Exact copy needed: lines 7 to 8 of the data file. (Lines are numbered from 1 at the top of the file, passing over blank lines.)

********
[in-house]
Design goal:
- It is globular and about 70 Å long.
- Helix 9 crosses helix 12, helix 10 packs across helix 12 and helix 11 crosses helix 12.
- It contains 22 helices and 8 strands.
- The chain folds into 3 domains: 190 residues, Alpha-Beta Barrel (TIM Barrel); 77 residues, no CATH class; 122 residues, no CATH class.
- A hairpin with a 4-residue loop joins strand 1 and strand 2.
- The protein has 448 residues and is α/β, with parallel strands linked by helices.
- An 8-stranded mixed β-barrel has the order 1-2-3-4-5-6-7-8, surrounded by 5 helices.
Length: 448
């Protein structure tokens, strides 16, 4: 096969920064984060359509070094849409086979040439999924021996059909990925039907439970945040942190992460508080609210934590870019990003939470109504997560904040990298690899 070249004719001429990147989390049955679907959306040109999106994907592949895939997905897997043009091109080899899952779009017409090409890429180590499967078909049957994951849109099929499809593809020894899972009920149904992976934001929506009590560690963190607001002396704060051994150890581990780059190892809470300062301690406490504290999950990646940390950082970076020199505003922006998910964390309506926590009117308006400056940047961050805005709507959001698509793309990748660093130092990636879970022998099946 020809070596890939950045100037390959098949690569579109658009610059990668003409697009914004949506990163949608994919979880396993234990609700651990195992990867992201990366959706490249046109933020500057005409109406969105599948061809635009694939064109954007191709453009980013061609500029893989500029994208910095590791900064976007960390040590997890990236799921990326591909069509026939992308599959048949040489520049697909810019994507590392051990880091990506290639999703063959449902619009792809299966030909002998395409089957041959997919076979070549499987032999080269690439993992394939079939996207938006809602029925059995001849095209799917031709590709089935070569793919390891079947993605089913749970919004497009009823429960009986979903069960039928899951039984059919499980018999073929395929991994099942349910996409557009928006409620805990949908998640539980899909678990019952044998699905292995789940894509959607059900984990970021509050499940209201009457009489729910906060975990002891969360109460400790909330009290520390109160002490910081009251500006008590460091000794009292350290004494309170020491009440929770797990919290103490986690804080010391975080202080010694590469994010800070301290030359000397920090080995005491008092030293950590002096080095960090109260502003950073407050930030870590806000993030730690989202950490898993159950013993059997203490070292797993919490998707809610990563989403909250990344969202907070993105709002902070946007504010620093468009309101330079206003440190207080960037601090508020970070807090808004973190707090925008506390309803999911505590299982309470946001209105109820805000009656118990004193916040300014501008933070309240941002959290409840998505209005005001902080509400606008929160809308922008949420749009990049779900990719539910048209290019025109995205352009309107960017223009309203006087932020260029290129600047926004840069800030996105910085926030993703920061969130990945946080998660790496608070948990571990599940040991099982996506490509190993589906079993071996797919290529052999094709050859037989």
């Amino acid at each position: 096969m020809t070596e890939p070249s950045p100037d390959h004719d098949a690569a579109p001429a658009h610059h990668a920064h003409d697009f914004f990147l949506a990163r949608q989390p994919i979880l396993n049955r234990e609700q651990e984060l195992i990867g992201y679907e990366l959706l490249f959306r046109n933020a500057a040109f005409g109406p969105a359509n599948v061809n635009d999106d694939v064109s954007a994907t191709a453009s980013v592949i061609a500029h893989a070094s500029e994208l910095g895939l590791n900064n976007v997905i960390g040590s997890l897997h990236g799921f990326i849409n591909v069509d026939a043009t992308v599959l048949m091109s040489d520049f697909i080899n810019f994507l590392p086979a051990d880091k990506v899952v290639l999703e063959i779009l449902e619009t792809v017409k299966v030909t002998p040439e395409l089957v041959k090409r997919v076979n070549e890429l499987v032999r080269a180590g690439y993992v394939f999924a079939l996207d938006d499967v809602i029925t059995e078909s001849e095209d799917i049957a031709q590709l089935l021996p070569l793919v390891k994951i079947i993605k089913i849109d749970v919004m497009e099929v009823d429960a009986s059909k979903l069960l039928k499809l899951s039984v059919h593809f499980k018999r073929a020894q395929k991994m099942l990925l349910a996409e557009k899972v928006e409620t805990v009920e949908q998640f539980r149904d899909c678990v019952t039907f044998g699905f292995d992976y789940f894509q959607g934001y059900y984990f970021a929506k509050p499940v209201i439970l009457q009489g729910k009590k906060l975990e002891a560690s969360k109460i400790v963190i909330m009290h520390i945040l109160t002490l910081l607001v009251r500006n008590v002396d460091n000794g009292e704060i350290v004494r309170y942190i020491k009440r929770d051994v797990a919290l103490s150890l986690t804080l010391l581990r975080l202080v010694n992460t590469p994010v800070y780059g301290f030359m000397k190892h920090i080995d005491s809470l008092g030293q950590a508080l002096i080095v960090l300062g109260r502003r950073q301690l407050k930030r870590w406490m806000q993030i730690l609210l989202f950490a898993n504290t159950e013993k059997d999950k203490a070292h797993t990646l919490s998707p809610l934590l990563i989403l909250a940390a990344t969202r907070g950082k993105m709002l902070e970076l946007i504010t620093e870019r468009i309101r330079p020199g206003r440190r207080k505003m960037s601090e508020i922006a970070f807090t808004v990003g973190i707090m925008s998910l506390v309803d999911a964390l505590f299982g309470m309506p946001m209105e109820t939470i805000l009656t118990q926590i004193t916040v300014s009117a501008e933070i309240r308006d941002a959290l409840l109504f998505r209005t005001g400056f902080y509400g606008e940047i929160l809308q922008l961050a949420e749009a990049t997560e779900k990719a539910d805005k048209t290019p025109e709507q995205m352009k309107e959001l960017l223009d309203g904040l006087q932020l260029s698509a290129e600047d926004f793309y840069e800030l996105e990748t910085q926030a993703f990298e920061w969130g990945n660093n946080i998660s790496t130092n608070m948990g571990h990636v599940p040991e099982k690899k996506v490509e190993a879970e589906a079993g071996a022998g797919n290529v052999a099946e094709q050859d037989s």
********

- A hairpin with a 4-residue loop joins strand 1 and strand 2.
- The protein has 448 residues and is α/β, with parallel strands linked by helices.